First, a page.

The impact of gender on amputation

David G. Armstrong, Lawrence A. Lavery, William H. Van Houtum, Lawrence B. Harkless

Research output: Contribution to journalArticle

31 Scopus citations

Abstract

The purpose of this report is to compare the proportion of lower extremity amputations among men and women with and without diabetes mellitus. We abstracted data from a database supplied by the State of New York for 14,555 nontraumatic amputations performed from 1990 through 1991, 58.8% of which were performed on patients with diabetes mellitus. We categorized amputations into three different levels (foot, leg, and thigh). Fifty-seven percent of the diabetes mellitus group were male, compared with 50% of the nondiabetic group. Men were younger than women regardless of the level of amputation in both the diabetic and nondiabetic population. Men with and without diabetes were significantly more likely to have a foot amputation, while diabetic and nondiabetic women were more likely to have a thigh amputation. When controlling for age, prevalence of vascular disease was not significantly different by gender in diabetic and nondiabetic groups at all amputation levels.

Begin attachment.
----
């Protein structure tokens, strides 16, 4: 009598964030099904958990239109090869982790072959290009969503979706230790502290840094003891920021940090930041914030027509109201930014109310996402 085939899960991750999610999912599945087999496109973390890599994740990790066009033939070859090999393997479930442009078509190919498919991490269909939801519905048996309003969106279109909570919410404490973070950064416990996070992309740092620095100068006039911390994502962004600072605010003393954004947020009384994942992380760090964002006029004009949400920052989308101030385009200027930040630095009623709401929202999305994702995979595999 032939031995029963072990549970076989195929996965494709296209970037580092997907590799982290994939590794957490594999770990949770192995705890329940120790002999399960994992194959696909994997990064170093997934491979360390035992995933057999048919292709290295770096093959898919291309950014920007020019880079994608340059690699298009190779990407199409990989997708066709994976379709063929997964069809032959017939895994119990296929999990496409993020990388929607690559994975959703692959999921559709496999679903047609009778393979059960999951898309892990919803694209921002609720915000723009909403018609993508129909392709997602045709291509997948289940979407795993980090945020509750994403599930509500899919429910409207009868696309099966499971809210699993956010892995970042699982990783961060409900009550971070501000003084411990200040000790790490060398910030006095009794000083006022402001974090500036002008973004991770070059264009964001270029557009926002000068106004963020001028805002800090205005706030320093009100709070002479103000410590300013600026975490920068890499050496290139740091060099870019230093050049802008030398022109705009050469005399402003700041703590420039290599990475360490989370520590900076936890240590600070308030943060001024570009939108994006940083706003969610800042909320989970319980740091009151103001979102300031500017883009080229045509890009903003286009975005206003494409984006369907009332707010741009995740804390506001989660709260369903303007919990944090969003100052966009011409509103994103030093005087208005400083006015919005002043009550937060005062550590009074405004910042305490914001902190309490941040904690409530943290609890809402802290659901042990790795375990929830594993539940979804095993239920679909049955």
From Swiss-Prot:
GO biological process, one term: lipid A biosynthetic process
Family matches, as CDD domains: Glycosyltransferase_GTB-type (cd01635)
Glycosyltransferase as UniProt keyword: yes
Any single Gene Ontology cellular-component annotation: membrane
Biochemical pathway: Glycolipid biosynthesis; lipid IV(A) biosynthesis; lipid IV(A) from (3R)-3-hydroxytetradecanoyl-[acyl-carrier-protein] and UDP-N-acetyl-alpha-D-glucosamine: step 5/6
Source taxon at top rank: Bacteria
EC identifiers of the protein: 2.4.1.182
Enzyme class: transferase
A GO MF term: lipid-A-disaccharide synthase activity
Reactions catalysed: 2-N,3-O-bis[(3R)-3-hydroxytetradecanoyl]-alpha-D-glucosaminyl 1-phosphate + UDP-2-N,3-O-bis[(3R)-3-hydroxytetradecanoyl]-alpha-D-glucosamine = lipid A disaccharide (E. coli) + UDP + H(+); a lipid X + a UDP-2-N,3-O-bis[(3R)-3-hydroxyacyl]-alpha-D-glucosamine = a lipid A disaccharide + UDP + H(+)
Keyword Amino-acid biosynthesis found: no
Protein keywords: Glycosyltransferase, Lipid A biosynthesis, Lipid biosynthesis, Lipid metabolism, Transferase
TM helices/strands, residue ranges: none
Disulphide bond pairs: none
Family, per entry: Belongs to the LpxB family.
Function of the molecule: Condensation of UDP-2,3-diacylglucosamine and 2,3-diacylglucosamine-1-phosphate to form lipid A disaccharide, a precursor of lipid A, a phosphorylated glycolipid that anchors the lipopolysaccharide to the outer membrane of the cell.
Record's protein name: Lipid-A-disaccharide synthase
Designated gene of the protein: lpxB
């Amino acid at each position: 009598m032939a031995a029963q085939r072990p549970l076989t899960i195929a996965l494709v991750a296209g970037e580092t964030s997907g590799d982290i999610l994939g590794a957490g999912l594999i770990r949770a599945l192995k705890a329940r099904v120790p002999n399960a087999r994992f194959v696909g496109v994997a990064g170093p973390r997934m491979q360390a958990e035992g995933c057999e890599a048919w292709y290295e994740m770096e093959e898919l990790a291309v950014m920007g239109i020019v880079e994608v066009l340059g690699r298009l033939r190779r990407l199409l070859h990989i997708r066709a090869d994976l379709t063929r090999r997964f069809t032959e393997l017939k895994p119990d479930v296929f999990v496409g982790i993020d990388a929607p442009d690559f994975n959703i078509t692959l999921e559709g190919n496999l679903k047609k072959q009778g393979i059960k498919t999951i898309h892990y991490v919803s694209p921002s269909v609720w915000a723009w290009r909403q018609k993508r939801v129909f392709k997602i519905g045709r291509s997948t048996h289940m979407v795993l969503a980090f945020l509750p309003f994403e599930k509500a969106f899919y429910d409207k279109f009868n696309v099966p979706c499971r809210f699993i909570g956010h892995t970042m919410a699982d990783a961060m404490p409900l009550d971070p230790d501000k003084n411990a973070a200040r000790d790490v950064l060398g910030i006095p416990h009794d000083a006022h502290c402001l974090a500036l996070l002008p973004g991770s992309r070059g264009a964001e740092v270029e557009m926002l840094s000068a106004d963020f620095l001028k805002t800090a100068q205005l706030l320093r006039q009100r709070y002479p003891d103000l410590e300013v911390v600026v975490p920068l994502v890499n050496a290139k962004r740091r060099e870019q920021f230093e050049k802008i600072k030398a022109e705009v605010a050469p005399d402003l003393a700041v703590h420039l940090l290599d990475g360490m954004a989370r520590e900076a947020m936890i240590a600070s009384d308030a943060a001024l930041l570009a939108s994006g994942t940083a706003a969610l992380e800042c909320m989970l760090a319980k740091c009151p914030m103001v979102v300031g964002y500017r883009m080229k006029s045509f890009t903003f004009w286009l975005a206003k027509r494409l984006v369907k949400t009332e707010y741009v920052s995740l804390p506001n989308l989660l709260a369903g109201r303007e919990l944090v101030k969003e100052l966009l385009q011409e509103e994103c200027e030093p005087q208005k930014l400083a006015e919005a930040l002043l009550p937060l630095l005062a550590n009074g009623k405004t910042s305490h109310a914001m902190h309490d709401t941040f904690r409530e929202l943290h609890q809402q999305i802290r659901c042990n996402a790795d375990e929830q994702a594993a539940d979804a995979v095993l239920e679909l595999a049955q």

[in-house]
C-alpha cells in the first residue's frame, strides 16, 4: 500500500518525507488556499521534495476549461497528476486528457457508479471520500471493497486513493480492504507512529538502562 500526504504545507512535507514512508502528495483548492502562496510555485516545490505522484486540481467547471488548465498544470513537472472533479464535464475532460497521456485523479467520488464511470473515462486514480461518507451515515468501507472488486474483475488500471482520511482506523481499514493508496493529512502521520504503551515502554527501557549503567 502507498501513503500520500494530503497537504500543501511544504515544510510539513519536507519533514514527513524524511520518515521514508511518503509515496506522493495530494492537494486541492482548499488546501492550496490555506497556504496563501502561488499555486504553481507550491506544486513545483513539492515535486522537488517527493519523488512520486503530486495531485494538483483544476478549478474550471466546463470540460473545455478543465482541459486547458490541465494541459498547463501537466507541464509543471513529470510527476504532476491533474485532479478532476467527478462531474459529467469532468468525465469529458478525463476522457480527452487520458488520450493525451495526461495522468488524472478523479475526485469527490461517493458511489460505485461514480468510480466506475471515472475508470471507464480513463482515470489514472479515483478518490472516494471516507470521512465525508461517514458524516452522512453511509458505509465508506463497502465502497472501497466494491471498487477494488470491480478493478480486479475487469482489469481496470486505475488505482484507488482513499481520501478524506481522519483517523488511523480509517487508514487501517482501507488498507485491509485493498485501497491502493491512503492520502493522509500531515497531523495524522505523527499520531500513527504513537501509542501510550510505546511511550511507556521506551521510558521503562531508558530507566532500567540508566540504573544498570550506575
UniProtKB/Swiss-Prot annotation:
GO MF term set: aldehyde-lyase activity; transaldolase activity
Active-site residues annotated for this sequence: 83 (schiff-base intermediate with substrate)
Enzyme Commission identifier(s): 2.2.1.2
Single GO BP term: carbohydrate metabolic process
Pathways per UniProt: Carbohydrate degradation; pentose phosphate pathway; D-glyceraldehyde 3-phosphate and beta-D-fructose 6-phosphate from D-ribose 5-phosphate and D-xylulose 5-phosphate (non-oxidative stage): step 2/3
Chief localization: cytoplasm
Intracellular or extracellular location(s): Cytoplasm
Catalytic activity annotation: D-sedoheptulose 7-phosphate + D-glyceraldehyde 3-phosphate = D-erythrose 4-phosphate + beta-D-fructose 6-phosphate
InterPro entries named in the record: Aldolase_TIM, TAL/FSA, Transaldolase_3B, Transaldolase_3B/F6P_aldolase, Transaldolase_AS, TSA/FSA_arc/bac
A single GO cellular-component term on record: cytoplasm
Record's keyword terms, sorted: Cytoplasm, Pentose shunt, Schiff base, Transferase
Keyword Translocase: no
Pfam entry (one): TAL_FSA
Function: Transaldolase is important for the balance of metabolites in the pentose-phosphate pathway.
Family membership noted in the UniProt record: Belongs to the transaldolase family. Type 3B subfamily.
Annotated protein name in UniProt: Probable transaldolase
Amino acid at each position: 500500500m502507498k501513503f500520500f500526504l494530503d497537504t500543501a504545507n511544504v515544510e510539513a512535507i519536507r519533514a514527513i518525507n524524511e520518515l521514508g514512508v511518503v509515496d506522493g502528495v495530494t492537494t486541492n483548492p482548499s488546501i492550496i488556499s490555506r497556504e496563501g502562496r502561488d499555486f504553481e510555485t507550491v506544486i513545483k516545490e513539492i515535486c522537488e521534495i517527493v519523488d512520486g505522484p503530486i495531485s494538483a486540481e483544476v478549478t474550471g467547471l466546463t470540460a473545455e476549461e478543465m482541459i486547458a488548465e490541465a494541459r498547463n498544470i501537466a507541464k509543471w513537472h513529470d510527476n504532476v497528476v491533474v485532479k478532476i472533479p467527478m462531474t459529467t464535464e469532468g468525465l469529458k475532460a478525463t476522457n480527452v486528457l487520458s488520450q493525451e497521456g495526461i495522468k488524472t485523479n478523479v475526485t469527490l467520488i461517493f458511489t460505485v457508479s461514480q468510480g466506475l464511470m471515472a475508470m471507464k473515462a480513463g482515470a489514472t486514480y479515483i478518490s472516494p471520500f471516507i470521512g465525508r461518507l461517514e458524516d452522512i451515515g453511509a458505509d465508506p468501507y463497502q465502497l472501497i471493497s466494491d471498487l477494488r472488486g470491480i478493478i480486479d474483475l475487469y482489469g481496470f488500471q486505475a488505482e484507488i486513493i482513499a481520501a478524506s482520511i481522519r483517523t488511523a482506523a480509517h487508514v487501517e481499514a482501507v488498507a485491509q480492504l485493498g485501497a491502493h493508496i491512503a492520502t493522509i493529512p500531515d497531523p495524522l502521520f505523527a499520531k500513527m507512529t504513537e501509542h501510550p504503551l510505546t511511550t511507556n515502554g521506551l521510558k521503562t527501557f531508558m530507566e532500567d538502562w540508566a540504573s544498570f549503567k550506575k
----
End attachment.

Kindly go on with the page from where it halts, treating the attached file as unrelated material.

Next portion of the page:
Original languageEnglish (US)
Pages (from-to)66-69
Number of pages4
JournalJournal of Foot and Ankle Surgery
Volume36
Issue number1
Publication statusPublished - Jan 1997

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Keywords

  • amputation
  • diabetes mellitus
  • foot
  • gender
  • ischemia

ASJC Scopus subject areas

  • Orthopedics and Sports Medicine
  • Surgery

Cite this

Armstrong, D. G., Lavery, L. A., Van Houtum, W. H., & Harkless, L. B. (1997). The impact of gender on amputation. Journal of Foot and Ankle Surgery, 36(1), 66-69.